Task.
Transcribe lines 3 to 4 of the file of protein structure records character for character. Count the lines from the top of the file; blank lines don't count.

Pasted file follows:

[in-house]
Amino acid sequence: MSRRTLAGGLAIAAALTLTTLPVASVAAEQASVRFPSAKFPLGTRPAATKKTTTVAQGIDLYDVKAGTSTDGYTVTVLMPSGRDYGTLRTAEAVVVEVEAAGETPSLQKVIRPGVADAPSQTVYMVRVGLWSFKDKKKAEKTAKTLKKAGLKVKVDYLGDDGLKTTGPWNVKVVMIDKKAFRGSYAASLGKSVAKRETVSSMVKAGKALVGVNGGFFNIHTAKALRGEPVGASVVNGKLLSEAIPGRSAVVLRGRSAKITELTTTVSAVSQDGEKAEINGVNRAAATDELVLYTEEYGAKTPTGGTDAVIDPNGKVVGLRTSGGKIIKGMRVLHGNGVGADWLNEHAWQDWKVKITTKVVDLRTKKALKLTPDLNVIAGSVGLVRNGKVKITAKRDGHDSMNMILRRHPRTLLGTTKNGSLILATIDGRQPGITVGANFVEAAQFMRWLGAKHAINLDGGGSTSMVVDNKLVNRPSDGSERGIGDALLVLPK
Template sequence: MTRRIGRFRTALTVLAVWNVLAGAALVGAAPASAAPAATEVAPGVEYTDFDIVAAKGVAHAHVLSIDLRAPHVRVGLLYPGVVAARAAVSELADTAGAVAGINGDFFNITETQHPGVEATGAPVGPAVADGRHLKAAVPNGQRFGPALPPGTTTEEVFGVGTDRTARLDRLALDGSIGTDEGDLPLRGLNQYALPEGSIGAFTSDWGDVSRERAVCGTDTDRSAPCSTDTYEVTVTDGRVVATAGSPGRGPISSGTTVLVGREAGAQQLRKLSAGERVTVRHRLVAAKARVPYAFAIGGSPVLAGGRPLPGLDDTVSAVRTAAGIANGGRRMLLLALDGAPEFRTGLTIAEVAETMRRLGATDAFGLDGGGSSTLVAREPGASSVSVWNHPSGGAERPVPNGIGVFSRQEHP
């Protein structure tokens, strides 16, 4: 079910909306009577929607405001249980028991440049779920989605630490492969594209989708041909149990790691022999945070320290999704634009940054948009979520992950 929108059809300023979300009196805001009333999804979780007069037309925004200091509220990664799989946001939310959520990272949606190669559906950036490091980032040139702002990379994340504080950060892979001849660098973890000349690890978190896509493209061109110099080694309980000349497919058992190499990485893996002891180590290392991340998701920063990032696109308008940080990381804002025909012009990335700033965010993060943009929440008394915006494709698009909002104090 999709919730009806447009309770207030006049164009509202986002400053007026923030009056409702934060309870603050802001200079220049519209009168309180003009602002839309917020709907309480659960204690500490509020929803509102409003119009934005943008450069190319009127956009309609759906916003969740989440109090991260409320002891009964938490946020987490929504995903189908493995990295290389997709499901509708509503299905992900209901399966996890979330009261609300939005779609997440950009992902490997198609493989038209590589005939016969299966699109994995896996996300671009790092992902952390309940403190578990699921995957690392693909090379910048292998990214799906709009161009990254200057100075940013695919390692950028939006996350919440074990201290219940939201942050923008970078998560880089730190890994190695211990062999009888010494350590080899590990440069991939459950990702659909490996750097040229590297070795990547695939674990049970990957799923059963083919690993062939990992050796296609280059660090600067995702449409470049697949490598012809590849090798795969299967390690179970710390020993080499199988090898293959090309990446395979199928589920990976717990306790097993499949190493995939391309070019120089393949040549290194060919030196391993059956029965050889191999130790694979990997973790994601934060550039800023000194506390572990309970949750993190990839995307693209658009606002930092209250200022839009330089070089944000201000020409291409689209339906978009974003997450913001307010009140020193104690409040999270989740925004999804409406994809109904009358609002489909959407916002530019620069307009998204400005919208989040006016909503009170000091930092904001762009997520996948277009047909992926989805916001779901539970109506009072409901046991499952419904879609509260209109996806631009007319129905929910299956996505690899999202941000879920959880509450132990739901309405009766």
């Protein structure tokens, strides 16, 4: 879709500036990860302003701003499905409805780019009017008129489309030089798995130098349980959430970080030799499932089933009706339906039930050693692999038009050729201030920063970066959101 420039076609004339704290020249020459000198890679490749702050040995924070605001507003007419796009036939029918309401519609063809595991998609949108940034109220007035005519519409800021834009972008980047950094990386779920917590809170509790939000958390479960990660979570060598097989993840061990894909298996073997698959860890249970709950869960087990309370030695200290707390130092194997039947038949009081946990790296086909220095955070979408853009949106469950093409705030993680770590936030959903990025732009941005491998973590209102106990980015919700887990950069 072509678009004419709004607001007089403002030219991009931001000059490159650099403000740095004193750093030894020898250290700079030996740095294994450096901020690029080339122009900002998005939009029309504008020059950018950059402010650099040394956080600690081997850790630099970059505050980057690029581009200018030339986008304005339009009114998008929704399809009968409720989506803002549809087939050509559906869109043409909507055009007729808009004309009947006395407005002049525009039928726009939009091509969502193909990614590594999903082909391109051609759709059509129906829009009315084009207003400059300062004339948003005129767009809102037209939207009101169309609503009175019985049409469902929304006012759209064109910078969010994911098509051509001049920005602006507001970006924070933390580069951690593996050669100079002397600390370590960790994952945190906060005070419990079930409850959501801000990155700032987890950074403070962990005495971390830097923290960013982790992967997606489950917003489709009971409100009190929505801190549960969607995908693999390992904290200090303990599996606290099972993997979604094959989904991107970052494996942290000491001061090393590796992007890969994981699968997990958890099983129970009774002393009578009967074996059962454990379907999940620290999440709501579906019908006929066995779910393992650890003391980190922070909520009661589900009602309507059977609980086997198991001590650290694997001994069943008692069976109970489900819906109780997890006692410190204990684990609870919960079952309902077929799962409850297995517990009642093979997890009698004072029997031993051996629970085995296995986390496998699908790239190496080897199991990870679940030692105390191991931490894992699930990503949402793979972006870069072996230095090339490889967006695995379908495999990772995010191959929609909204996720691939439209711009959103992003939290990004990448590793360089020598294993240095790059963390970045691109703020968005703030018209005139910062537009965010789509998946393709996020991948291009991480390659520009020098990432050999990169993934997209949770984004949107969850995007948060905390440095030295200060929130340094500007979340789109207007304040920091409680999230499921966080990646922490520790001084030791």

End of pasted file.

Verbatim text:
Template sequence: MTRRIGRFRTALTVLAVWNVLAGAALVGAAPASAAPAATEVAPGVEYTDFDIVAAKGVAHAHVLSIDLRAPHVRVGLLYPGVVAARAAVSELADTAGAVAGINGDFFNITETQHPGVEATGAPVGPAVADGRHLKAAVPNGQRFGPALPPGTTTEEVFGVGTDRTARLDRLALDGSIGTDEGDLPLRGLNQYALPEGSIGAFTSDWGDVSRERAVCGTDTDRSAPCSTDTYEVTVTDGRVVATAGSPGRGPISSGTTVLVGREAGAQQLRKLSAGERVTVRHRLVAAKARVPYAFAIGGSPVLAGGRPLPGLDDTVSAVRTAAGIANGGRRMLLLALDGAPEFRTGLTIAEVAETMRRLGATDAFGLDGGGSSTLVAREPGASSVSVWNHPSGGAERPVPNGIGVFSRQEHP
């Protein structure tokens, strides 16, 4: 079910909306009577929607405001249980028991440049779920989605630490492969594209989708041909149990790691022999945070320290999704634009940054948009979520992950 929108059809300023979300009196805001009333999804979780007069037309925004200091509220990664799989946001939310959520990272949606190669559906950036490091980032040139702002990379994340504080950060892979001849660098973890000349690890978190896509493209061109110099080694309980000349497919058992190499990485893996002891180590290392991340998701920063990032696109308008940080990381804002025909012009990335700033965010993060943009929440008394915006494709698009909002104090 999709919730009806447009309770207030006049164009509202986002400053007026923030009056409702934060309870603050802001200079220049519209009168309180003009602002839309917020709907309480659960204690500490509020929803509102409003119009934005943008450069190319009127956009309609759906916003969740989440109090991260409320002891009964938490946020987490929504995903189908493995990295290389997709499901509708509503299905992900209901399966996890979330009261609300939005779609997440950009992902490997198609493989038209590589005939016969299966699109994995896996996300671009790092992902952390309940403190578990699921995957690392693909090379910048292998990214799906709009161009990254200057100075940013695919390692950028939006996350919440074990201290219940939201942050923008970078998560880089730190890994190695211990062999009888010494350590080899590990440069991939459950990702659909490996750097040229590297070795990547695939674990049970990957799923059963083919690993062939990992050796296609280059660090600067995702449409470049697949490598012809590849090798795969299967390690179970710390020993080499199988090898293959090309990446395979199928589920990976717990306790097993499949190493995939391309070019120089393949040549290194060919030196391993059956029965050889191999130790694979990997973790994601934060550039800023000194506390572990309970949750993190990839995307693209658009606002930092209250200022839009330089070089944000201000020409291409689209339906978009974003997450913001307010009140020193104690409040999270989740925004999804409406994809109904009358609002489909959407916002530019620069307009998204400005919208989040006016909503009170000091930092904001762009997520996948277009047909992926989805916001779901539970109506009072409901046991499952419904879609509260209109996806631009007319129905929910299956996505690899999202941000879920959880509450132990739901309405009766």